Of course, early in the marriage my friend Bill wasn’t emotionally interested in filing for a divorce. I’m not a therapist and I am not advocating you end your marriage prematurely because of financial reasons—I’ll leave that to another blogger. But I am pointing out issues that should be considered when you decide to work and “be the provider.” And, at the end of the day, don’t let your guilt lead you into bad decisions in your divorce.

Lel4nd

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About Morghan Leia Richardson

Morghan Leia Richardson is a divorce attorney and mediator in New York City. She is experienced in litigation and family law issues that accompany Divorce, such as Custody, Child Support, Father's Rights and Marital Property issues, including asset discovery and protection. Morghan was graduated from Tulane Law School in New Orleans, during which time she worked as an extern for Federal Magistrate Judge Louis Moore in the United States Court for the Eastern District of Louisiana, and served as a Managing Editor for the Tulane Maritime Law Journal. She is licensed in Maryland, D.C. and New York. Morghan worked for national litigation firms before starting her Queens-based law practice. She juggles her job as an attorney with her other job as single mom of two preschool-aged boys. Her firm is Richardson Legal PLLC and she blogs at The Divorce Artist.

Comments

  1. Huh? As the “other blogger” — I have never advocated for premature divorce for any reason. Not sure where that is coming from.

    I find some of the word choice here offensive:

    “he agreed to pay through the nose.” — Need some context. $500,000 sounds like a lot to most people. If that sum was to have been paid over 10 years and he earned in the high six-figures, it may have been totally reasonable. In that case, few would agree it was “through the nose.”

    Interesting points about leveraging divorce threats to motivate SAHMs to get jobs and better men’s chances for better divorce settlements. These are important issues that few people think about — until of course they face divorce. BUT — what is the point of this article? Encourage men to get over their divorce and fight for reasonable settlements? Or to offer men tips to encourage their wives to get jobs so everyone fares better financially in the event of divorce? I’m confused ….

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  2. Hi Emma!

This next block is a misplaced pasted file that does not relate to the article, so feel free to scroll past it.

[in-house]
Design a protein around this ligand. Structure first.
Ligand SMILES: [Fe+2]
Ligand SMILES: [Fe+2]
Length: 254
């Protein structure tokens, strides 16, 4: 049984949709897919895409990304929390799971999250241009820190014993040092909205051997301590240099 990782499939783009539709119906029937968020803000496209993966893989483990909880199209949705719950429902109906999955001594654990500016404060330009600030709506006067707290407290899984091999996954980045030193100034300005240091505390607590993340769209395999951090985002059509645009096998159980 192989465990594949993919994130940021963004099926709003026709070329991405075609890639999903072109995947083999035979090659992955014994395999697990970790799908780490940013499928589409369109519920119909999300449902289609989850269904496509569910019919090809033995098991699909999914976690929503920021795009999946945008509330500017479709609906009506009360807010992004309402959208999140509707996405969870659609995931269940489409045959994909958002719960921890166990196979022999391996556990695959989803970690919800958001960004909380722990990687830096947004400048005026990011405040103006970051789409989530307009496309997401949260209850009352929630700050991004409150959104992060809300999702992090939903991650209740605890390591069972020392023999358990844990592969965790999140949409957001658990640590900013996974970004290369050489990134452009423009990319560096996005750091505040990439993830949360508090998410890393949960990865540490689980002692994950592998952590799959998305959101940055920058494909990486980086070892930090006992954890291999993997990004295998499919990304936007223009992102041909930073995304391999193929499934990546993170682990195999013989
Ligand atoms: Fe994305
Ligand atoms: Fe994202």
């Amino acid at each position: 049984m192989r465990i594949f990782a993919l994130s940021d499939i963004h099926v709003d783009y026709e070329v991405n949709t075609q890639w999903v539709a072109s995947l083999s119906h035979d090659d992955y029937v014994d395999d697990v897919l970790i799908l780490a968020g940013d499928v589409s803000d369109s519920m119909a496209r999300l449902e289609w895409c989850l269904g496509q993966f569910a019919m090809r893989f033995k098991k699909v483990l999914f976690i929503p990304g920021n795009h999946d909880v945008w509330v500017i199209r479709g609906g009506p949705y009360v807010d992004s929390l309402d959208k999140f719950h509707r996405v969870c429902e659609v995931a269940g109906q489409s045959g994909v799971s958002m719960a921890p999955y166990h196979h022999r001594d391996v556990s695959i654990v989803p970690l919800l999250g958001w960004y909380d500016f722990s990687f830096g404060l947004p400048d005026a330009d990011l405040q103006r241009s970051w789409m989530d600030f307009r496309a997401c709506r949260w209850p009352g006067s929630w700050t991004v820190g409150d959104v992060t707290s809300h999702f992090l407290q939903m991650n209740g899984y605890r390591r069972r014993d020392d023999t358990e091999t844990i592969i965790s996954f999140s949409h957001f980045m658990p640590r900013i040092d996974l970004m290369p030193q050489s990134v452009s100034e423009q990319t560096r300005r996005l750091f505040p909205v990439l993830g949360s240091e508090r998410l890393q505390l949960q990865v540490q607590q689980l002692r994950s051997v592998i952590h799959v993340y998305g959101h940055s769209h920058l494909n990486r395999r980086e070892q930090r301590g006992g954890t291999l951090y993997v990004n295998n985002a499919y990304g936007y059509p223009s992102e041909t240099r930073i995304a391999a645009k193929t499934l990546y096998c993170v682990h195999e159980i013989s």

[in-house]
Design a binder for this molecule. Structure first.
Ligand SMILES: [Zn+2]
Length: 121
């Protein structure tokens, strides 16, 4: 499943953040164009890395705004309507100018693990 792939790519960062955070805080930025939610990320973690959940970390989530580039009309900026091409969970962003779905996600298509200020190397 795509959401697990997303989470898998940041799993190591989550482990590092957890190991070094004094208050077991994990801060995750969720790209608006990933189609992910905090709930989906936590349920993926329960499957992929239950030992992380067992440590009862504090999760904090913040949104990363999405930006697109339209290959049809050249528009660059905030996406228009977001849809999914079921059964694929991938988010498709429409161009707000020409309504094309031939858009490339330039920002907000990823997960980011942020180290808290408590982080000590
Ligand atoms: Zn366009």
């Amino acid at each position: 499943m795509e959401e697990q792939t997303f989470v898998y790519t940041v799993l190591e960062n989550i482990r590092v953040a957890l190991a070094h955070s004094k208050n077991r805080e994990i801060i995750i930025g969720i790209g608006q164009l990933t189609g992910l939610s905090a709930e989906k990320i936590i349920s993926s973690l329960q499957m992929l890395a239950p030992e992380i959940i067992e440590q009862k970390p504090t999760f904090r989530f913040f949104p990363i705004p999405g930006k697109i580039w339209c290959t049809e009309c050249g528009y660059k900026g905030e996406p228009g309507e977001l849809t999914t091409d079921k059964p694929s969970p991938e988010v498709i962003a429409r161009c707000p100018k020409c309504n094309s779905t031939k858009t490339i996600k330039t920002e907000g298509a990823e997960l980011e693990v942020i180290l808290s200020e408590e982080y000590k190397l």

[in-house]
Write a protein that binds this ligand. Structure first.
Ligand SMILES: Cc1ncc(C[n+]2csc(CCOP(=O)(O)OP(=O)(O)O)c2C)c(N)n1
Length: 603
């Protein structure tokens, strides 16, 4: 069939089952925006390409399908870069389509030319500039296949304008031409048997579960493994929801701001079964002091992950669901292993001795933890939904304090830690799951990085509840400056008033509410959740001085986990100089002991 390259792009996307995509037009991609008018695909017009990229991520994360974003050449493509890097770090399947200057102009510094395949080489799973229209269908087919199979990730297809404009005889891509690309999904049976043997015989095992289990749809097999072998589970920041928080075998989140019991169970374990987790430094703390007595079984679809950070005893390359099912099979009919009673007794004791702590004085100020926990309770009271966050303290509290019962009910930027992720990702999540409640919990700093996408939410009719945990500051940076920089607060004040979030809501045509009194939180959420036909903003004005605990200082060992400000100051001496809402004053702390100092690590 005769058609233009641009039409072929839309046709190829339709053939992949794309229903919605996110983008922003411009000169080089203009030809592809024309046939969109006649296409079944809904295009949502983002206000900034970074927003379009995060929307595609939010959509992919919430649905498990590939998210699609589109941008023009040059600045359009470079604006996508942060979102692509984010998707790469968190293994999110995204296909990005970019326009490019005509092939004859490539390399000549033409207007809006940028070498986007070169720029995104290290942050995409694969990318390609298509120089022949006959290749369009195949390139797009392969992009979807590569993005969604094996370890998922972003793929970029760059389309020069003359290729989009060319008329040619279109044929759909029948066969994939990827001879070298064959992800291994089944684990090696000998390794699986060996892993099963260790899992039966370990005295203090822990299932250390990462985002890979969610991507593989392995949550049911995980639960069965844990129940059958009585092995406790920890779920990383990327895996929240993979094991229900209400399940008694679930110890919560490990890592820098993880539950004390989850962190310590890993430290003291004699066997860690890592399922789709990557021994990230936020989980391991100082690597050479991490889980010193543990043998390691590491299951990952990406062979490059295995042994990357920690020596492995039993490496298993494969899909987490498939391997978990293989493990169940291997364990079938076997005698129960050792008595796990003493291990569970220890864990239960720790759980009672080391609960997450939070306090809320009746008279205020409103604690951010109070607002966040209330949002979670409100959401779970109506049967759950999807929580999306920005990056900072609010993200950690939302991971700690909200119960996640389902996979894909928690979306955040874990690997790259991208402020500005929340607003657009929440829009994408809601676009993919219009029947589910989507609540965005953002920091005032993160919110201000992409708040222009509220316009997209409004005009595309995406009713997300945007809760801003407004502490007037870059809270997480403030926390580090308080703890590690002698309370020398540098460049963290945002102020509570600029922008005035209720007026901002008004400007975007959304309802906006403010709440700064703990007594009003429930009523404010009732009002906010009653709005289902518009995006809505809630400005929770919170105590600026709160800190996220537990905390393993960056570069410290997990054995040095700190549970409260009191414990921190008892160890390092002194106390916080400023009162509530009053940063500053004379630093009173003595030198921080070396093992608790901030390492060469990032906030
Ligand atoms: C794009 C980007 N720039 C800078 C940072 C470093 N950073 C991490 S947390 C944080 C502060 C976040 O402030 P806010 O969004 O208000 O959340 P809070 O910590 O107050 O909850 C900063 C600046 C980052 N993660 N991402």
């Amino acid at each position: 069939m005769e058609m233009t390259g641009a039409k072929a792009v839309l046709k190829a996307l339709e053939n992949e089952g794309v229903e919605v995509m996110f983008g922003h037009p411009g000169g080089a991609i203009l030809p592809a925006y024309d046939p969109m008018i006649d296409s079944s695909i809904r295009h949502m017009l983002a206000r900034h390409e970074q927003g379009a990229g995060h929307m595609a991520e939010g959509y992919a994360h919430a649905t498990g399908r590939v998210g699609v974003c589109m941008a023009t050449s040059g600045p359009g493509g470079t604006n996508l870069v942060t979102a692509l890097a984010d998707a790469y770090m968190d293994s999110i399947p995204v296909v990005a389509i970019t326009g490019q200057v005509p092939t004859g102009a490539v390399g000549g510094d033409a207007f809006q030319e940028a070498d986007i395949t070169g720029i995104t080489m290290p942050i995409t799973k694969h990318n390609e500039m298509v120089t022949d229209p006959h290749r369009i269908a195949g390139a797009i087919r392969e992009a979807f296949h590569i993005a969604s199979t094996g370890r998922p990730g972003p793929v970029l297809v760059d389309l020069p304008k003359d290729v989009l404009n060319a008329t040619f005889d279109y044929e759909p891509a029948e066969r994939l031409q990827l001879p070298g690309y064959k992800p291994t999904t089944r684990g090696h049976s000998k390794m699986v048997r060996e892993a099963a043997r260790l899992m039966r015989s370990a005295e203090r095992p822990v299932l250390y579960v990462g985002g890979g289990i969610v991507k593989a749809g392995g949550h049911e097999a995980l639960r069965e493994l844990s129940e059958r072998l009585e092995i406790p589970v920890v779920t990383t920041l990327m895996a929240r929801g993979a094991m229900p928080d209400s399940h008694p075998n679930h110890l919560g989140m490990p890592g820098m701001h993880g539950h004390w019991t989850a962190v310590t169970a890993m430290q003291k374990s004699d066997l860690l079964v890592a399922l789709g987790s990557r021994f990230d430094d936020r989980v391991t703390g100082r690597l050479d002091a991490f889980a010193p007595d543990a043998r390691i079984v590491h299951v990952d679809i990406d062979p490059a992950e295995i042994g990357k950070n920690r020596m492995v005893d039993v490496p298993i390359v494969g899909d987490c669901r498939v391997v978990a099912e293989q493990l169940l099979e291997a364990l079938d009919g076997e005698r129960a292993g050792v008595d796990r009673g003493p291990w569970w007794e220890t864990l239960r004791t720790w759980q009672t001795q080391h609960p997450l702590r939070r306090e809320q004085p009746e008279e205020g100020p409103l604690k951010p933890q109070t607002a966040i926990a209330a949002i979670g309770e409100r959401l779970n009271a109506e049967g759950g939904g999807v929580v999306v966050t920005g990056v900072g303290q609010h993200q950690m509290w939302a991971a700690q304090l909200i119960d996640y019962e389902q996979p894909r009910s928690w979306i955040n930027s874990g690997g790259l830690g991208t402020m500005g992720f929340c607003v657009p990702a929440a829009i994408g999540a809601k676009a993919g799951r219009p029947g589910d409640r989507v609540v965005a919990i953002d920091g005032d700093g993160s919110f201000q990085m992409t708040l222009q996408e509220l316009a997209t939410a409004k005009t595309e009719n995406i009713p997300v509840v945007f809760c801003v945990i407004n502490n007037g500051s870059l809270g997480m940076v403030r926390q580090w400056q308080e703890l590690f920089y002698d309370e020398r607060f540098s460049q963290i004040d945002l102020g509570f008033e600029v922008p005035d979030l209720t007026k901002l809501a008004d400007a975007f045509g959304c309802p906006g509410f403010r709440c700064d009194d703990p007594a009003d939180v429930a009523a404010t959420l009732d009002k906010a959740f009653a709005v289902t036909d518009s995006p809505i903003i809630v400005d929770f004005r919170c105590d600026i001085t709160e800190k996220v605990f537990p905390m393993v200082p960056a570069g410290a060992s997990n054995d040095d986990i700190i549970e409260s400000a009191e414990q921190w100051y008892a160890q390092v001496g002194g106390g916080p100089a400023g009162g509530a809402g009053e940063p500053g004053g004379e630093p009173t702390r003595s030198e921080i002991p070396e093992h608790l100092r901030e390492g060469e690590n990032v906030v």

The premature demise of marriage is absolutely the net effect of your proposal that marriages expire after a ten year term. Every marriage hits a time when one or both spouses want out. In a healthy marriage, the couple keeps working at it. If that troubled time coincides with your ten year mark, how many marriages would be abandoned that might have otherwise survived and thrived? I’m more than a little surprised that you have not contemplated that result.

    For many personal and professional reasons, I dislike the idea of a term marriage. But, despite our different views on the subject, I think we find common ground in the idea that people need to be living more intentional lives, particularly when it comes to marriage.

    I always welcome your criticism of my writing, as you are a skilled writer and a friend. Your comment reads a little on the defensive side. Divorce is one area of the law where emotion can seriously impact the process and the end result. Men who are primary providers for their family sometimes experience so much guilt that they try to “over provide” in the divorce. The consequences can be drastic. I’m not inclined to re-write my piece in the comments, so I’ll stop there.

    I do think the idea of intentional lives and intentional marriage may be something worth exploring in other future blogs.

  3. I was under the impression that laws were drastically different here in California. Do you have a comment on that, Morghan?

    Thank you for broaching this subject. It’s obvious (to me) that it’s a delicate and sensitive topic.

  4. Thanks Burton! I am not licensed in California, so I really can’t speak to the laws there, but I understand that there are some very good efforts at getting couples to mediate. Mediation is the far superior option in resolving divorce and family disputes because it gives couples a world of creative options to resolve their issues, rather than the more limited court response (that often suits no one).